Tuesday, July 17, 2012

Thinking Outside the Box

Even before I started going to water aerobics, I have had this notion that it would be a very interesting start to a mystery to have someone come into a room in the dim early-morning light, switch on the overhead lights to illuminate a big indoor pool – and find a body floating face down at the deep end.

So now I’ve decided to write it.  I’ve been creating characters and motives and suspects and clues.  I read part of the synopsis to my writers group last Wednesday, and one of them, after a thoughtful silence, said, “Why is the murder victim a young woman?  Why couldn’t she be a cougar?”

After an explanation was handed out to those who didn’t know “cougar” is modern slang for an older woman who sexually exploits young men, the discussion went on more normal ways.  The culprit seemed a little obvious to someone, for example.  But that challenge stayed with me.  And so now I think my victim will be an older woman.  But that means I have to rethink a whole lot of the rest of the story.  I think it will be a better story.  I believe I’ve mentioned before that a good writers group is worth its weight in rubies.

Speaking of how a fairly small detail changes the whole perspective of a story, I read a sermon on last Sunday’s Gospel reading that changed my whole idea about it.  The reading is from the sixth chapter of Mark:  King Herod gave a big party for some very important men and let his daughter dance for them.  She did so well that he announced in front of everyone that she could have as a reward anything she wanted “even unto half my kingdom.”  She ran off and told her mother what Herod had promised.  Now the girl’s mother, Herodias, had a huge grudge against John the Baptist because he had told Herod he had committed a sin by marrying Herodias, who had been first his brother’s wife.  She had been pushing Herod to kill John, but all Herod had done was put John in prison.  So Herodias told the girl to tell Herod she wanted John’s head on a platter.  Herod, reluctantly (because he was in awe of John) but because he’d made the promise in front of important people whom he didn’t want thinking he was not a man of his word, immediately sent a soldier to the prison to behead John.  John’s head was given to the girl, who brought it to her mother.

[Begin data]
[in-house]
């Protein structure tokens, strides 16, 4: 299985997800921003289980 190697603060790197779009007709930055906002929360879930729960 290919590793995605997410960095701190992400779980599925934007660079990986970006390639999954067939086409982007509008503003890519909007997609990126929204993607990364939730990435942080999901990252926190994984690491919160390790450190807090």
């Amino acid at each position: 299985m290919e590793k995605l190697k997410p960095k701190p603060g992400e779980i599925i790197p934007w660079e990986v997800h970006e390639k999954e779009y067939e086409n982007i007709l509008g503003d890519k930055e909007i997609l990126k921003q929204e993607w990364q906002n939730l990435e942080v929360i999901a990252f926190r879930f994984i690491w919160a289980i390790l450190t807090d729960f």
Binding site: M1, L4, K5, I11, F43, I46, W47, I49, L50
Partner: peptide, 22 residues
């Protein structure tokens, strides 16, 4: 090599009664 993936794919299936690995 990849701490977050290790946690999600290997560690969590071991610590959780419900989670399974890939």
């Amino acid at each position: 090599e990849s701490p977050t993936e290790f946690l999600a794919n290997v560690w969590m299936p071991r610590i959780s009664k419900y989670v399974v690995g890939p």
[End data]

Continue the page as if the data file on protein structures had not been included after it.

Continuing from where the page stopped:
This story turned up every so often in biblical epics from the 1950s.  Always the girl does a very sensuous dance and Herod is depicted as a lustful, incestuous idiot for making such a stupid promise.

But suppose, said the preacher, the girl was just a child?  Then Herod’s extravagant promise makes sense.  After all, what would a child ask for?  A pretty new dress?  A whole bowl of sweets?  How about a pony?  Everyone’s laughing.  She runs to ask her mother for a suggestion.  And wicked Herodias takes swift advantage of the situation.  Maybe she was frightened that Herod would become convinced John was right and would set her aside.  No more soft living in the palace.  No more whispering advice in the King’s ear.  No more preening about the place as queen.

See how changing just one detail turns the whole story on its head?  I’m going to try to remember my two lessons in thinking outside the idea box.


Christine Thresh said...

I found that a strange reading on Sunday. Your explanation and thinking out of the box made me ponder other possibilities.

Linda O. Johnston said...

Every once in a while I do consider whether to make a change in a story I've plotted for a while, Monica--and then marvel at all the other changes that would generate! Usually I leave things as originally planned.

Betty Hechtman said...

I am in the midst of plotting my next book. I have made lots of changes, including who did it.